Will governments default?

Peter Schiff is an American investment broker, author and financial commentator. Schiff has appeared as a guest on financial television shows and been quoted in major print publications. He is host of The Peter Schiff Show, an audio show broadcast on terrestrial and internet radio. Schiff is known for his bearish views on the US economy and US dollar, and his bullish views on commodities, foreign stocks and foreign currencies. Schiff also voices strong support for the Austrian School of economic thought, first introduced to him by his father.

Zentuccio: Have you heard about Hungary?

Peter Schiff: We have a lot of money invested in the world, European equities and bonds as well.

Well, many people are bearish on the bond market. How about you?

Well, I am also bearish on bonds in general globally for two reasons. But the shorter the duration the less bearish I am. I think there is a possibility of actual default, sovereign default in many nations. I recognize that largest democracies have politicians that simply promised voters too much in order to get elected. Most countries just don’t have the tax base that would make legitimate repayment possible. They don’t have the will to raise taxes to prioritize repayment of debt. I think bondholders are in a very risky position when it comes to getting repaid. There are governments that can print money. Those governments are borrowing in their own currency. Their risk of outright default is not zero but they could also default, even the US. The other risk is massive inflation. The temptation for the central banks could be to monetize the debt. We call that quantitative easing in the US. That is another form of default.

Which countries are you worried about?Germany for example implements a strict policy.

I don’t think that Germans are being strict enough. There should have been bailouts in the euro zone whatsoever. Greece should have been allowed to default. There is now a moral hazard in Germany. Lenders are willing to give money to garments that can’t pay it back. That creates bad incentives. Europe has done a better job than the US and Europe is doing a better job than Japan. I think the euro is going to gain against the dollar and the yen.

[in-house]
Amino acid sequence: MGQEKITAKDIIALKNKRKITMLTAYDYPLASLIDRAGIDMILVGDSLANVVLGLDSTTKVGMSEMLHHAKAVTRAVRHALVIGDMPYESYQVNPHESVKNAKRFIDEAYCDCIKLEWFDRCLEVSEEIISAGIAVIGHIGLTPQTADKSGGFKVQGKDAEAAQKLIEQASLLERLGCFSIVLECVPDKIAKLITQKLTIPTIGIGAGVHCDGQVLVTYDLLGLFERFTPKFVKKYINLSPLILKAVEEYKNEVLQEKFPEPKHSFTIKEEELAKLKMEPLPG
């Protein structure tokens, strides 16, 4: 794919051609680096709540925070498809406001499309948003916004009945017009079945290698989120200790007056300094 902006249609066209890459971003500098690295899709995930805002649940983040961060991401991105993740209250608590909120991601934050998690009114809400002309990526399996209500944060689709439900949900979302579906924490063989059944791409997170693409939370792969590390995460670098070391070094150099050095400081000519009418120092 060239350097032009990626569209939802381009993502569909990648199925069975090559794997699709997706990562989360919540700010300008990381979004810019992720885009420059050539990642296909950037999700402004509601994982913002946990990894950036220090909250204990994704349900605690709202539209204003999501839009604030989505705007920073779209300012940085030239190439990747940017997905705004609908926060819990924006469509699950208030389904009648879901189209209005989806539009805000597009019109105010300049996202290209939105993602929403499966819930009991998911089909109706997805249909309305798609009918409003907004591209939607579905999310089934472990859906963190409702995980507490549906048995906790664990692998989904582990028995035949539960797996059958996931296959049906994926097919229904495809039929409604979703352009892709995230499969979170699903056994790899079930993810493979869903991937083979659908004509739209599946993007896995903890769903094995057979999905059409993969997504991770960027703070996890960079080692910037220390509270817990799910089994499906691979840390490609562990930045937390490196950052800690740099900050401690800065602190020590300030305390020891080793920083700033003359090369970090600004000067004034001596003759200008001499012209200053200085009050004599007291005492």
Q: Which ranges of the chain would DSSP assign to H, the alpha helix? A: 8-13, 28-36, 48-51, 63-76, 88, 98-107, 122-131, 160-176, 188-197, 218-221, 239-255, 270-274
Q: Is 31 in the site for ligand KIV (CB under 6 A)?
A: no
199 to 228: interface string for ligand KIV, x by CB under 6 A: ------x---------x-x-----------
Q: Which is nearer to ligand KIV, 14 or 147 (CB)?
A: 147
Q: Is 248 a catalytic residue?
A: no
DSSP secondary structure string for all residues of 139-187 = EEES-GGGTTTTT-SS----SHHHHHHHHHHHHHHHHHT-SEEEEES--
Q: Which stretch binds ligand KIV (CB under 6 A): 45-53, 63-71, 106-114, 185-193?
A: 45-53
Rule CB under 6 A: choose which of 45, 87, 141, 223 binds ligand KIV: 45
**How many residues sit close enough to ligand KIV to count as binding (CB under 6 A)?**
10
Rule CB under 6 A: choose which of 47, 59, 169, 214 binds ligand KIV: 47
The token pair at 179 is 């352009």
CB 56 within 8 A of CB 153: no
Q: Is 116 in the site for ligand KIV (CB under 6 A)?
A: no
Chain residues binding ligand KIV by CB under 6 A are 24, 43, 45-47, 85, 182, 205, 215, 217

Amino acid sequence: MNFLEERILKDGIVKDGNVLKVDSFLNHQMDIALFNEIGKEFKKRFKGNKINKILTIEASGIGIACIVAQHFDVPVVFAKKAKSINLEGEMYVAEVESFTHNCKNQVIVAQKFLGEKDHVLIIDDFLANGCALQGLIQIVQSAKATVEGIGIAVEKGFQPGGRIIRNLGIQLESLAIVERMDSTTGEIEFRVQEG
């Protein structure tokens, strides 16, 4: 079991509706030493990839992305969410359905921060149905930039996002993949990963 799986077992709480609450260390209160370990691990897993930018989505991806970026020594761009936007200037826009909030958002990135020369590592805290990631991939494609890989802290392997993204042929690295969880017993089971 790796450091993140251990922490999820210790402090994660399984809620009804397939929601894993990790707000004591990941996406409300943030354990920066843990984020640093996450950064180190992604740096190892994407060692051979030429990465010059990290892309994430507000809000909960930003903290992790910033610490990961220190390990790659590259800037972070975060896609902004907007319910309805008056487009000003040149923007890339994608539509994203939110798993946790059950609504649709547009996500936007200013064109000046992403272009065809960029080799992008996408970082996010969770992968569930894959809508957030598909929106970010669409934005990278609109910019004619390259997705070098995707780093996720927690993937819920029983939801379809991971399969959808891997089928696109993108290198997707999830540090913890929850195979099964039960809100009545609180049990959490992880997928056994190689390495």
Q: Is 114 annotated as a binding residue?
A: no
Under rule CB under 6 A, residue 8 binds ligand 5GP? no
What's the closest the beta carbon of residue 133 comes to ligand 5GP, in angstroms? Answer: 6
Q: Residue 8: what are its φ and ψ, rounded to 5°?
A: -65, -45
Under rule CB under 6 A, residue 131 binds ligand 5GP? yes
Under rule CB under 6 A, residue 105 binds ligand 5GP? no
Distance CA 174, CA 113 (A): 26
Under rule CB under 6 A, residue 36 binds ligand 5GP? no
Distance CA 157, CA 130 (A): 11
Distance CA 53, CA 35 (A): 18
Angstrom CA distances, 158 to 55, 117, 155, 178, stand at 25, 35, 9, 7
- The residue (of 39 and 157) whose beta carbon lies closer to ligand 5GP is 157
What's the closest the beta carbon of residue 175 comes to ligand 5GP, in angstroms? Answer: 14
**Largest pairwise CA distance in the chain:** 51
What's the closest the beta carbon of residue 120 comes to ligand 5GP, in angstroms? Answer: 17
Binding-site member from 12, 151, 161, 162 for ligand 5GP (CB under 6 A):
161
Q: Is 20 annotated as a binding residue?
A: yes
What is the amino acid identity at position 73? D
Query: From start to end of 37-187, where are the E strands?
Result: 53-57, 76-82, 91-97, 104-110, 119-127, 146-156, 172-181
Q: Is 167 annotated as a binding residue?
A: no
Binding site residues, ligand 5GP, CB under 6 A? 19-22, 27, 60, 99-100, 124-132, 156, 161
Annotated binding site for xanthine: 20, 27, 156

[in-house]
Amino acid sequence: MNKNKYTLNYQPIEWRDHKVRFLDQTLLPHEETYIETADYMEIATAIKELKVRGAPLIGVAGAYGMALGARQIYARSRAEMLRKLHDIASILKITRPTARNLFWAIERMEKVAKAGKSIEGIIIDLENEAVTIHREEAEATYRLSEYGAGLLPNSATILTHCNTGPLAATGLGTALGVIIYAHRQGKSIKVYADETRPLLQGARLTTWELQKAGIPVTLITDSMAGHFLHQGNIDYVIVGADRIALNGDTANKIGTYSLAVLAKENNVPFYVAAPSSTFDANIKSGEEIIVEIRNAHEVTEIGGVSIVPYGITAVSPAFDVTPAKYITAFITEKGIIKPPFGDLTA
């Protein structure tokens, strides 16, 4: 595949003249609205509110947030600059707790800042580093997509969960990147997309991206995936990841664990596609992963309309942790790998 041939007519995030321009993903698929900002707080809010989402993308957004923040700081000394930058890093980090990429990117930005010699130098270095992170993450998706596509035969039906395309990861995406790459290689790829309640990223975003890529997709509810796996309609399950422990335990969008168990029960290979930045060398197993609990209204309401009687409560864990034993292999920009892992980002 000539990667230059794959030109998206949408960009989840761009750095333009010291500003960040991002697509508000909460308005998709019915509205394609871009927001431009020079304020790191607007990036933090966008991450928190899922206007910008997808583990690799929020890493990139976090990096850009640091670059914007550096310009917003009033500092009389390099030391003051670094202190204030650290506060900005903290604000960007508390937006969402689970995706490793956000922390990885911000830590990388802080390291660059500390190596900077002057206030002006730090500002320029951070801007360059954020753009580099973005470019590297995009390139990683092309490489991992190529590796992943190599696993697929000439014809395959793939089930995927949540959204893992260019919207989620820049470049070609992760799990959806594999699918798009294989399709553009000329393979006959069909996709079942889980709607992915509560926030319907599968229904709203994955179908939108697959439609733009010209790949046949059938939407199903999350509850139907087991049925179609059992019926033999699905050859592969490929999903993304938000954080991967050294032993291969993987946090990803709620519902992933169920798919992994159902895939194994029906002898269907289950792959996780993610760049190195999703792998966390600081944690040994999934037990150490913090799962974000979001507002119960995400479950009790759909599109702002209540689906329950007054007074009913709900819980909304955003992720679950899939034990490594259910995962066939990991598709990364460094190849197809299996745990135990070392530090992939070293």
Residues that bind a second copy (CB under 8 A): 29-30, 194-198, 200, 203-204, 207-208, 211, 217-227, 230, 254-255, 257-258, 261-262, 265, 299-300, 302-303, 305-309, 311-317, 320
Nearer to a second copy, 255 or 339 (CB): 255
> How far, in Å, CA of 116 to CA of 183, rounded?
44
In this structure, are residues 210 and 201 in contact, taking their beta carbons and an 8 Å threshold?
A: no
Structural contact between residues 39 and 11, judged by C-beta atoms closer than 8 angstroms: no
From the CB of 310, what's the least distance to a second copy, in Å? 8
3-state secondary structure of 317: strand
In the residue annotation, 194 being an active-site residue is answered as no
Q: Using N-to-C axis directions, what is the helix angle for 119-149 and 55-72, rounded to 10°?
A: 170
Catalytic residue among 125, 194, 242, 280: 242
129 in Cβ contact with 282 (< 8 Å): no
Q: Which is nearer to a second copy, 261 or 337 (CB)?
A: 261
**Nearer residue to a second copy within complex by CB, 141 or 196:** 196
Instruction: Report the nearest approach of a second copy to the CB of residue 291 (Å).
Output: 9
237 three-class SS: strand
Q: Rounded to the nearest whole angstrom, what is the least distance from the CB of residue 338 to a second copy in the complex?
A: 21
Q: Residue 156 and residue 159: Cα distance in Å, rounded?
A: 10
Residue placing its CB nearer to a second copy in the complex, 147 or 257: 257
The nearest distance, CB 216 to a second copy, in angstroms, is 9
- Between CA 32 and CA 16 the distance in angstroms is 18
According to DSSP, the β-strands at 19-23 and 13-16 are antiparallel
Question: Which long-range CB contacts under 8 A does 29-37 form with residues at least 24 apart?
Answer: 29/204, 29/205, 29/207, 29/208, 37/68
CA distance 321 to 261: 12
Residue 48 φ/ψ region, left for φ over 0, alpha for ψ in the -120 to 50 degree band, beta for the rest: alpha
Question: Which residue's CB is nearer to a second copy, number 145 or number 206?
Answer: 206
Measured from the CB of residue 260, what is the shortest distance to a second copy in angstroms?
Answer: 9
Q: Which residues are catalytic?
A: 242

Do you think China is in trouble? Do you think there is a crisis coming in general? You don’t seem to be very optimistic.

Well, there is a crisis coming. The nations who are lending money to the nations that borrow the money will realize they can’t pay it back. China lends a lot of money to the US and to Europe. They are not going to get their money back. They don’t want to acknowledge how much they have lost. The current status quo is destabilizing for China because China has to keep printing money and inflation to prevent their currency from rising. I think they should be letting their currency rise in value even if they export less to the United States. China needs to export less to the United States because we can’t pay for the things they are selling us. The Chinese have a lower standard of living, why should they be making stuff for the Americans? China doesn’t need to export, they just need to produce, because their own people need to consume. Nations export to be able to pay for their imports. The US is not making anything that the Chinese need. Most of the stuff the Chinese need to being made in China. They don’t need to import it, they are producing it themselves. All they need to do is let their currency go up.

What is the implication of that scenario to the global world?

Well, that is very good for China and awful for the US but in the long run it’s very good. Right now the US is living in an artificially high standard of living, countries like China support us.